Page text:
The Mad Lovers of the Ovidian Lais
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Romance composers borrowed their symptoms of amor principally from Ovid’s love writings. Scholars generally have considered these borrowings to be conventions or decorations rather than transmitters of serious philosophy of love and have sometimes noted the incongruity between courtly love and the satirical and misogynistic version of the emotion promoted by Ovid. Yet for many medieval readers, Ovid represented a philosopher rather than the duplicitous and elusive love expert modern readers generally understand him to be. I will argue that Ovid as read by romance composers was a philosopher who theorized upon love from a Neoplatonic perspective.1 But romance composers also incorporated another Ovidian persona familiar to modern readers into their version of Ovid, that is, the Magister amoris of the love works, creating a sort of “Super-Ovid.” Ovid, as romance composers read him, then, was a combination of these two well-know Ovidian figures, and, seeing the Magister amoris as an aspect of their Super-Ovid, romance composers viewed his advice on how to manage love in positive light, as offering models for mitigating amor, the imperious urge to consummate unleashed by elemental forces.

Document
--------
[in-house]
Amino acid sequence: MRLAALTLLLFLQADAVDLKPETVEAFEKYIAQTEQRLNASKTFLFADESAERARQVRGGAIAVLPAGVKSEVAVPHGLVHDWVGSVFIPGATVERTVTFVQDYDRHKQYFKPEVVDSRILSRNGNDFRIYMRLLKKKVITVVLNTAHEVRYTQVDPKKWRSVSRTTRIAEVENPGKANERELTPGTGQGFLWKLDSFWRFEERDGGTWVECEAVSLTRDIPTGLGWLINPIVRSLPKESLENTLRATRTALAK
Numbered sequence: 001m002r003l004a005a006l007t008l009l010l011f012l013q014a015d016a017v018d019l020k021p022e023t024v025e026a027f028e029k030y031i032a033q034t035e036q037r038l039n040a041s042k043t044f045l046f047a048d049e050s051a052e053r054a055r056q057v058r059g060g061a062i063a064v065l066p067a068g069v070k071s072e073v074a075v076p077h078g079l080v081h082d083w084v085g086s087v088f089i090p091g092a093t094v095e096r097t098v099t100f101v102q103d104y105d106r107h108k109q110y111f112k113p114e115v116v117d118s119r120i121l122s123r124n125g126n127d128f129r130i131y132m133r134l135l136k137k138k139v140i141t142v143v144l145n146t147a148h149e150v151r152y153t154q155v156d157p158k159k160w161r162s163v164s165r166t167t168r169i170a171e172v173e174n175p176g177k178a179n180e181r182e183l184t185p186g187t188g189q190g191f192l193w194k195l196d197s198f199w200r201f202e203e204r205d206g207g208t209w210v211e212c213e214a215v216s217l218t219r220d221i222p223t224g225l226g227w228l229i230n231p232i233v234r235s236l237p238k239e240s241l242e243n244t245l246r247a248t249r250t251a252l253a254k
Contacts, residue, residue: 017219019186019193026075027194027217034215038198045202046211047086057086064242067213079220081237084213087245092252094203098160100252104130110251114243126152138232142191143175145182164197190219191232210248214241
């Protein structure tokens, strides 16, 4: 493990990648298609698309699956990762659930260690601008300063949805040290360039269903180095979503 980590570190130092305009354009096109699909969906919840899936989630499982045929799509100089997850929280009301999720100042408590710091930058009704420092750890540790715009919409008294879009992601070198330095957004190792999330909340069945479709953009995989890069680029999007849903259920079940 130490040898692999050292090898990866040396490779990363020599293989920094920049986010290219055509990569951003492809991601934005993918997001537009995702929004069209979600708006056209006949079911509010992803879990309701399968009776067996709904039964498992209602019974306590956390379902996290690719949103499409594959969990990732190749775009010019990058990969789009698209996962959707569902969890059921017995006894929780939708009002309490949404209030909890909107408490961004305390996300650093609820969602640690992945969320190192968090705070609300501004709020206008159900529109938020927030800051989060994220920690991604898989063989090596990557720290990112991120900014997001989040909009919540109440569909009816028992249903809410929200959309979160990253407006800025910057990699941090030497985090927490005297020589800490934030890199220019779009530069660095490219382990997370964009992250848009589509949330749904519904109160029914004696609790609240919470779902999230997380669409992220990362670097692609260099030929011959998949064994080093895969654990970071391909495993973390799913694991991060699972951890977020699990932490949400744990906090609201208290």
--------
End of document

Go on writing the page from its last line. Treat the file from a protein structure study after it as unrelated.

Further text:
KeywordsSexual Desire Twelfth Century Modern Reader Human Love Courtly Love
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